Data Driven Discovery of Conjugated Polyelectrolytes for Neuromorphic Computing
Dual mode transistors, the type of transistors that work in both depletion mode and enhancement mode, were reported more than 50 years ago using inorganic semiconductors, such as Silicon, but have not been shown in organic electronics. We report the first dual mode organic transistors based on organic electrochemical transistors (OECTs) using CPE-K, a self-doped conjugated polyelectrolyte, as the active material. The work stems from a key finding that CPE-K can be both doped and dedoped upon the interaction with anions and cations in an electrolyte, such as sodium chloride [i.e., table salt] dissolved in water. This property enables dual-mode functionality in OECTs, whose mode switching is accomplished by simply altering the polarity of the applied gate and drain voltages. A physical model for the device was developed to explain its working mechanism and correctly predicts its behavior in both operation modes. We also demonstrated the utilization of dual-mode organic transistors in reconfigurable electronics by fabricating logic gates that could be switched between AND and NOR, and OR and NAND on the fly.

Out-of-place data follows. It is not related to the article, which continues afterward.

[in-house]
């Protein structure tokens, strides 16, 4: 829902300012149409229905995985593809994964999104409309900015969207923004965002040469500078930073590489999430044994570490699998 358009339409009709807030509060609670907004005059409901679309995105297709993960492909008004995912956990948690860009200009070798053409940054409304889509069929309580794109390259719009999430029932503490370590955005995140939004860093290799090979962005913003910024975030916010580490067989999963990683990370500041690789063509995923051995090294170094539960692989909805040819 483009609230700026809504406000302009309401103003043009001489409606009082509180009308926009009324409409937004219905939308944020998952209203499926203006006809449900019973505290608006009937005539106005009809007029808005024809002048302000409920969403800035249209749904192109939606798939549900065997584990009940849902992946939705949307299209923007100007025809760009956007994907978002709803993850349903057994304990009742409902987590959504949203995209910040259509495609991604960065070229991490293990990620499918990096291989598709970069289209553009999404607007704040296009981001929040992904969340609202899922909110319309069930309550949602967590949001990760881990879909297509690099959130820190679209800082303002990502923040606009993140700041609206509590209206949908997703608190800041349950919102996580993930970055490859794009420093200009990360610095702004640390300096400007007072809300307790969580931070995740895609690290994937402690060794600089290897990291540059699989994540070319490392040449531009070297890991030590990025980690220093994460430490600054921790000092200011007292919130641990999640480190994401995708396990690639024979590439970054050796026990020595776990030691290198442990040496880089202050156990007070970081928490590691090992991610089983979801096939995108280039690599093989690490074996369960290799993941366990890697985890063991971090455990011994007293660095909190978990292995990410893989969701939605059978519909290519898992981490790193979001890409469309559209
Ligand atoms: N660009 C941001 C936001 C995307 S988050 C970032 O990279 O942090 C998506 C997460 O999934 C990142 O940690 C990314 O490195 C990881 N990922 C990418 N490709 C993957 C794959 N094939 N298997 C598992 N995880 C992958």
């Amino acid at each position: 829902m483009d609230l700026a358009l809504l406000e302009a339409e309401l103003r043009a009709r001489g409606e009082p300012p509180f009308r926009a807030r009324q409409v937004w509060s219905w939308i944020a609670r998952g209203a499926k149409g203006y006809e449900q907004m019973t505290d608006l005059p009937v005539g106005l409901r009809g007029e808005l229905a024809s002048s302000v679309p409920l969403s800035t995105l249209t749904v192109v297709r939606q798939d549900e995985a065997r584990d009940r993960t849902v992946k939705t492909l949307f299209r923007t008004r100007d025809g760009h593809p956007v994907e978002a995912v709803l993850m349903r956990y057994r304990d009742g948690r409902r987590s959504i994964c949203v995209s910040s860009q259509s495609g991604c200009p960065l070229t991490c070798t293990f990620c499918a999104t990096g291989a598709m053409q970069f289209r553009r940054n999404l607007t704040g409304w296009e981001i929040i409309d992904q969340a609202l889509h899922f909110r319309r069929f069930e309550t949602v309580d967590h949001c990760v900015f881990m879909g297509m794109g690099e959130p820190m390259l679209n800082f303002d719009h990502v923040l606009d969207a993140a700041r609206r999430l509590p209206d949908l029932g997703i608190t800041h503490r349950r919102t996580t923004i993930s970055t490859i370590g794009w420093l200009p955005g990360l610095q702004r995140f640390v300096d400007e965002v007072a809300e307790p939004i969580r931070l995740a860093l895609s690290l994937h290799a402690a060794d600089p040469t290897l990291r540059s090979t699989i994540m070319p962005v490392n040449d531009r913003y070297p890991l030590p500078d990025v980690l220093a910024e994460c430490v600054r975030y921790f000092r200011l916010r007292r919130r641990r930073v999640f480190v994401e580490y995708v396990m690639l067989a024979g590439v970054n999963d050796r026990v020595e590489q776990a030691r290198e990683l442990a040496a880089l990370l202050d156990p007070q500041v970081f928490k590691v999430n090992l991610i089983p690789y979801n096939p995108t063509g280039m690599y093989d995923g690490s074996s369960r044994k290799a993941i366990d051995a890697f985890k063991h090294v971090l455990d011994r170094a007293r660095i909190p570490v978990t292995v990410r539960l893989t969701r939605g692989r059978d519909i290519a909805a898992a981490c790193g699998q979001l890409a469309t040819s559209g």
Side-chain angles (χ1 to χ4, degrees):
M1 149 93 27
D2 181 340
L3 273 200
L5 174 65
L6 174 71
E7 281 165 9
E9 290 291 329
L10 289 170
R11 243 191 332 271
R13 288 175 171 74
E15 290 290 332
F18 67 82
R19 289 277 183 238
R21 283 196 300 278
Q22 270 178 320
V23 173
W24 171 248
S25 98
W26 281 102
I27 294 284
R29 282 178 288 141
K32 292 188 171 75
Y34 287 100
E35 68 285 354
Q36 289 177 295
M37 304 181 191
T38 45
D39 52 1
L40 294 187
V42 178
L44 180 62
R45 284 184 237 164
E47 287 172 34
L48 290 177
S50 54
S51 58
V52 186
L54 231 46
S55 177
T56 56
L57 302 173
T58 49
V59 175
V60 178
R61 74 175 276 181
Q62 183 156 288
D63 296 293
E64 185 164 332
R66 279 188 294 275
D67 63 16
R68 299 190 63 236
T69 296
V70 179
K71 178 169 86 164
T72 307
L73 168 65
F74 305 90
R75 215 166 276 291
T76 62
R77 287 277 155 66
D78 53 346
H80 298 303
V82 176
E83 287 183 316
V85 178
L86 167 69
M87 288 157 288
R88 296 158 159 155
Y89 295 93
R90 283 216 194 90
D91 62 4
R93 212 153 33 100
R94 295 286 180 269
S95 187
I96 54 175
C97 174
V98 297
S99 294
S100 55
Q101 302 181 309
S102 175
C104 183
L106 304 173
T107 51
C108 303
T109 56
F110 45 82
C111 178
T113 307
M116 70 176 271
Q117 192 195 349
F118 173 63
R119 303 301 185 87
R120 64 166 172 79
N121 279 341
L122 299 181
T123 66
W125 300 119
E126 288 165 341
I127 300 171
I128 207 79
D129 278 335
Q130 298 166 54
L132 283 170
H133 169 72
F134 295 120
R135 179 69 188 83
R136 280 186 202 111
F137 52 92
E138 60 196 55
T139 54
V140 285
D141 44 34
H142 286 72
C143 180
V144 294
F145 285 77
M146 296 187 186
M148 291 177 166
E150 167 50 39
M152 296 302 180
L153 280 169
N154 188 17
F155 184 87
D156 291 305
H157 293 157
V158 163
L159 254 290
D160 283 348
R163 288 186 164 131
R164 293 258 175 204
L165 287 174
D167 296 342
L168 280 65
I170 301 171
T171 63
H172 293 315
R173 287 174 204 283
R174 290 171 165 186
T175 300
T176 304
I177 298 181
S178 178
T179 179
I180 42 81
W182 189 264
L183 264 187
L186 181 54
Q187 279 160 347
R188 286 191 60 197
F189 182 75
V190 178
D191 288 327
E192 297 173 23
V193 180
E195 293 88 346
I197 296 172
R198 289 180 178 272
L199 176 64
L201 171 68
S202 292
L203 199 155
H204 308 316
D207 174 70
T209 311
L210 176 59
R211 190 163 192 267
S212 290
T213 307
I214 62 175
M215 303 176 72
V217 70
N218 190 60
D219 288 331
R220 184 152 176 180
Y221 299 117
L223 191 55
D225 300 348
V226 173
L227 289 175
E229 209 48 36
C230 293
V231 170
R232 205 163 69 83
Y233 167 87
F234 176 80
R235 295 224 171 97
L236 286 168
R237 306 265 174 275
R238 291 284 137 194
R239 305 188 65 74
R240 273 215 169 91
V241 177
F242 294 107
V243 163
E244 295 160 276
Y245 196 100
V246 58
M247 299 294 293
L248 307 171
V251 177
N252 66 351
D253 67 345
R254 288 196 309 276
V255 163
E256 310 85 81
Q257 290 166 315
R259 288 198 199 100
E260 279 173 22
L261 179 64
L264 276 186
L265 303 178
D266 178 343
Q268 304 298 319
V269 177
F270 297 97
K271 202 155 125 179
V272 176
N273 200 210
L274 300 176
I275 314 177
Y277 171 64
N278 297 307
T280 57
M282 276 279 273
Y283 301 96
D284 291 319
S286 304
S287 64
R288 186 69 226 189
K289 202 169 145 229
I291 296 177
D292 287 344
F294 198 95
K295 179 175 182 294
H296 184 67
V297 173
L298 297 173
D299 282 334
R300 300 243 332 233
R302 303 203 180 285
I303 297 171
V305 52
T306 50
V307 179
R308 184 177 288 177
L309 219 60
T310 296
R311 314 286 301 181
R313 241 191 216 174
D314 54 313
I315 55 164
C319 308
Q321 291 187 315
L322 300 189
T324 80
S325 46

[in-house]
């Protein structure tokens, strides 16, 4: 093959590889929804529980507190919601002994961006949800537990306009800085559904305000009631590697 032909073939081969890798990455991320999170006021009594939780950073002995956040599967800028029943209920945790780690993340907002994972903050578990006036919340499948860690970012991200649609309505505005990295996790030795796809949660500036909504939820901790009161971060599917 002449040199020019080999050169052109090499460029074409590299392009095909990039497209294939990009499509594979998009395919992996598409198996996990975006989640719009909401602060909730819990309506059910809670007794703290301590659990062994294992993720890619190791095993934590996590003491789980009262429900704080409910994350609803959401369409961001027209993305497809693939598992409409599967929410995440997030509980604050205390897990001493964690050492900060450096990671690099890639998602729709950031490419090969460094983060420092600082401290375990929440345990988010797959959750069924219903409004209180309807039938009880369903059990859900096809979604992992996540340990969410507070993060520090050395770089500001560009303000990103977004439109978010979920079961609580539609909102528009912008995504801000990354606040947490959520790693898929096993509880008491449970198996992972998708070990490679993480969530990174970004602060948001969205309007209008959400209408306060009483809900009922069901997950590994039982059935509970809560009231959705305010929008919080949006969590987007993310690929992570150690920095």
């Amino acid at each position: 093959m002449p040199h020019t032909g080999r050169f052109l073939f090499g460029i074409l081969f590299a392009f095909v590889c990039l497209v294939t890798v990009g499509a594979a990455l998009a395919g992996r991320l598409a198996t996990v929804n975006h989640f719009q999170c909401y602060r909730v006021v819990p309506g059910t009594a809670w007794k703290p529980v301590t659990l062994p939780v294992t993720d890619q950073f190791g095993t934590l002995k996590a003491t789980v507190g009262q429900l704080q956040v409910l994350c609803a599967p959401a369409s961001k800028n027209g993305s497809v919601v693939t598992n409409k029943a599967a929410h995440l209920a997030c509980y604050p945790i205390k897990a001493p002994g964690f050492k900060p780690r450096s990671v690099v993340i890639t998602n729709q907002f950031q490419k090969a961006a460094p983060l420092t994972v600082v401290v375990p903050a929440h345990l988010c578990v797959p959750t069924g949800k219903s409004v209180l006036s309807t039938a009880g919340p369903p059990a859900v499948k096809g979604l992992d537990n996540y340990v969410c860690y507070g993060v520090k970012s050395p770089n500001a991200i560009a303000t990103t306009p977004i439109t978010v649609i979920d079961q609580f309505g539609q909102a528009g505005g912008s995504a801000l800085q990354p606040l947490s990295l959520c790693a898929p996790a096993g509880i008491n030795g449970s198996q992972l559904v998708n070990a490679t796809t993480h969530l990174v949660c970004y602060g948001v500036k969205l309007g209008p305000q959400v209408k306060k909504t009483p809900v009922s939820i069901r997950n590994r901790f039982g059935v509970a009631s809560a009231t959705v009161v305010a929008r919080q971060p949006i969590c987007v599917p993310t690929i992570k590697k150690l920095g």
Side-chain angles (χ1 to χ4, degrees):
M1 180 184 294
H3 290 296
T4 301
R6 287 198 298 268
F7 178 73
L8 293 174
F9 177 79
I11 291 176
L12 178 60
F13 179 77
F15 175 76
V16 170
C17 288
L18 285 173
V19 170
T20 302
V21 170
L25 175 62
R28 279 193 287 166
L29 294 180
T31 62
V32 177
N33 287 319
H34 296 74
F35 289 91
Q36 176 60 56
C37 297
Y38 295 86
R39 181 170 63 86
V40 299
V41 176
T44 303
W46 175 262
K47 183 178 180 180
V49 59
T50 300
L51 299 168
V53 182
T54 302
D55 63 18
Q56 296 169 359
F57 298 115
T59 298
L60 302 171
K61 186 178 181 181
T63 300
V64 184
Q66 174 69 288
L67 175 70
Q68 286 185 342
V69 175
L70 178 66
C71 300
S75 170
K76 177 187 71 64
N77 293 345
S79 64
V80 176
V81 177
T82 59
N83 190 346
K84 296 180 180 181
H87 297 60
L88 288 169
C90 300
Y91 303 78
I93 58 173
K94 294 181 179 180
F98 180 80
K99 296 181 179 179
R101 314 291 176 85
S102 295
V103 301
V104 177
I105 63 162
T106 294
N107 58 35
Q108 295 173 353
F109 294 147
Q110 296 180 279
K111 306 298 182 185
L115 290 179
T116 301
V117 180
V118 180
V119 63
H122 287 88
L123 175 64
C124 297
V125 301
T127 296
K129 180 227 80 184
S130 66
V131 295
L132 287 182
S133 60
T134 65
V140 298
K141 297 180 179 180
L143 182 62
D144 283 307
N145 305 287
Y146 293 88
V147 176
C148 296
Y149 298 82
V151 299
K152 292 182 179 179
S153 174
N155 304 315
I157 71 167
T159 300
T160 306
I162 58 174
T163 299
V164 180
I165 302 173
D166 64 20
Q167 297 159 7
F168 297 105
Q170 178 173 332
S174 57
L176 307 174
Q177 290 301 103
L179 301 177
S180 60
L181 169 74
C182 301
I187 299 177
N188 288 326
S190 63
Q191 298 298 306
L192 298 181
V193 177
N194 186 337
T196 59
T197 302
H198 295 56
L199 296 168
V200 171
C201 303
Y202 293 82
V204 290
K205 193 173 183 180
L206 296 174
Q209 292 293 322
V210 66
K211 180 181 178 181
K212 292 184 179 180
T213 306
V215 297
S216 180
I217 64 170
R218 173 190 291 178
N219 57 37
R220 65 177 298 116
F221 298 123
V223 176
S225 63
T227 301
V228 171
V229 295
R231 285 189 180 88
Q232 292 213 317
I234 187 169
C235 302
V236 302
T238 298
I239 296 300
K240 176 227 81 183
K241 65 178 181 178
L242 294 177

Impact: Being simple, power efficient, and compatible with high throughput microfabrication techniques, dual mode OECTs are a promising candidate for the next generations of efficient computing systems and adaptive electronics.